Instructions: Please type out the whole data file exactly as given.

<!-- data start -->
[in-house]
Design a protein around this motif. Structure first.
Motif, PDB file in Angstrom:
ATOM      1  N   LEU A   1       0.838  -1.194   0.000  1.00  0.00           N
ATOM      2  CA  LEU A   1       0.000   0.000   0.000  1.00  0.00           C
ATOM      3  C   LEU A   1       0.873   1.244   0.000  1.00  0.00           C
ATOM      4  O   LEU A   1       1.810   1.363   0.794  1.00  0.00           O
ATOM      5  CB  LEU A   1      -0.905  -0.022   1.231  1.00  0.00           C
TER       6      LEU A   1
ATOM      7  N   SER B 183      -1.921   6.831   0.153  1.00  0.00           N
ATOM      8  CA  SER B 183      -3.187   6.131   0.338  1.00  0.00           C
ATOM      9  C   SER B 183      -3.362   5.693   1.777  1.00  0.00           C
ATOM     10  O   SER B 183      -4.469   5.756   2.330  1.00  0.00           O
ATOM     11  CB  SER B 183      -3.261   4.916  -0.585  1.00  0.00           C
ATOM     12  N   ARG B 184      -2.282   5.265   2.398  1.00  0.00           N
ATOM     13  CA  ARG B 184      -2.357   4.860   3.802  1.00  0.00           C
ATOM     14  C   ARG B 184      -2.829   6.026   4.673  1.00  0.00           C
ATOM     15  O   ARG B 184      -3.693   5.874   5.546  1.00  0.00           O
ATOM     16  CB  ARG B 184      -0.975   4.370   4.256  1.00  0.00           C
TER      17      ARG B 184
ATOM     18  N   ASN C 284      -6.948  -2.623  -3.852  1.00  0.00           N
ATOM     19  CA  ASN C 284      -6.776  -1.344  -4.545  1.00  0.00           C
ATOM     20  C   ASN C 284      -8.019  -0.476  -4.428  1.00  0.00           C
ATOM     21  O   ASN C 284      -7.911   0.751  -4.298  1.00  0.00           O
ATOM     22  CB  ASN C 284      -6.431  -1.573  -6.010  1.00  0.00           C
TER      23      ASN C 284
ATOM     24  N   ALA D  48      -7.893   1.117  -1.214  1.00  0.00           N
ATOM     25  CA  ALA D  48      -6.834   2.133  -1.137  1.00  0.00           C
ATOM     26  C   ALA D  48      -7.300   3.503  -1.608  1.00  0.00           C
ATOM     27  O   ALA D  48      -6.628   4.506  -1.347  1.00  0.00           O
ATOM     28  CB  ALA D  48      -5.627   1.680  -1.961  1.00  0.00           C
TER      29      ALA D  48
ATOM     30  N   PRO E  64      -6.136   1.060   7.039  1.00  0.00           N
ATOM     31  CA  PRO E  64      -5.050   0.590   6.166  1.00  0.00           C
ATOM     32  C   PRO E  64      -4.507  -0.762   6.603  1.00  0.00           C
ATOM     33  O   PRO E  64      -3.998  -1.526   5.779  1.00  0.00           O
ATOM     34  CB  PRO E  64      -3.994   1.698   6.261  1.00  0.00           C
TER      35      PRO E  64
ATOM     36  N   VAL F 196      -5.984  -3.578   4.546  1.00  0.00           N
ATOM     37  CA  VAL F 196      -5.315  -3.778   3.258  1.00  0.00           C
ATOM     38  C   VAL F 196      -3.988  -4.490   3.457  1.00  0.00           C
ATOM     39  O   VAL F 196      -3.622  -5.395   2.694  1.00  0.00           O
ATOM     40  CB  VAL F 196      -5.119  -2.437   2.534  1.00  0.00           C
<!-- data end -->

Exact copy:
[in-house]
Design a protein around this motif. Structure first.
Motif, PDB file in Angstrom:
ATOM      1  N   LEU A   1       0.838  -1.194   0.000  1.00  0.00           N
ATOM      2  CA  LEU A   1       0.000   0.000   0.000  1.00  0.00           C
ATOM      3  C   LEU A   1       0.873   1.244   0.000  1.00  0.00           C
ATOM      4  O   LEU A   1       1.810   1.363   0.794  1.00  0.00           O
ATOM      5  CB  LEU A   1      -0.905  -0.022   1.231  1.00  0.00           C
TER       6      LEU A   1
ATOM      7  N   SER B 183      -1.921   6.831   0.153  1.00  0.00           N
ATOM      8  CA  SER B 183      -3.187   6.131   0.338  1.00  0.00           C
ATOM      9  C   SER B 183      -3.362   5.693   1.777  1.00  0.00           C
ATOM     10  O   SER B 183      -4.469   5.756   2.330  1.00  0.00           O
ATOM     11  CB  SER B 183      -3.261   4.916  -0.585  1.00  0.00           C
ATOM     12  N   ARG B 184      -2.282   5.265   2.398  1.00  0.00           N
ATOM     13  CA  ARG B 184      -2.357   4.860   3.802  1.00  0.00           C
ATOM     14  C   ARG B 184      -2.829   6.026   4.673  1.00  0.00           C
ATOM     15  O   ARG B 184      -3.693   5.874   5.546  1.00  0.00           O
ATOM     16  CB  ARG B 184      -0.975   4.370   4.256  1.00  0.00           C
TER      17      ARG B 184
ATOM     18  N   ASN C 284      -6.948  -2.623  -3.852  1.00  0.00           N
ATOM     19  CA  ASN C 284      -6.776  -1.344  -4.545  1.00  0.00           C
ATOM     20  C   ASN C 284      -8.019  -0.476  -4.428  1.00  0.00           C
ATOM     21  O   ASN C 284      -7.911   0.751  -4.298  1.00  0.00           O
ATOM     22  CB  ASN C 284      -6.431  -1.573  -6.010  1.00  0.00           C
TER      23      ASN C 284
ATOM     24  N   ALA D  48      -7.893   1.117  -1.214  1.00  0.00           N
ATOM     25  CA  ALA D  48      -6.834   2.133  -1.137  1.00  0.00           C
ATOM     26  C   ALA D  48      -7.300   3.503  -1.608  1.00  0.00           C
ATOM     27  O   ALA D  48      -6.628   4.506  -1.347  1.00  0.00           O
ATOM     28  CB  ALA D  48      -5.627   1.680  -1.961  1.00  0.00           C
TER      29      ALA D  48
ATOM     30  N   PRO E  64      -6.136   1.060   7.039  1.00  0.00           N
ATOM     31  CA  PRO E  64      -5.050   0.590   6.166  1.00  0.00           C
ATOM     32  C   PRO E  64      -4.507  -0.762   6.603  1.00  0.00           C
ATOM     33  O   PRO E  64      -3.998  -1.526   5.779  1.00  0.00           O
ATOM     34  CB  PRO E  64      -3.994   1.698   6.261  1.00  0.00           C
TER      35      PRO E  64
ATOM     36  N   VAL F 196      -5.984  -3.578   4.546  1.00  0.00           N
ATOM     37  CA  VAL F 196      -5.315  -3.778   3.258  1.00  0.00           C
ATOM     38  C   VAL F 196      -3.988  -4.490   3.457  1.00  0.00           C
ATOM     39  O   VAL F 196      -3.622  -5.395   2.694  1.00  0.00           O
ATOM     40  CB  VAL F 196      -5.119  -2.437   2.534  1.00  0.00           C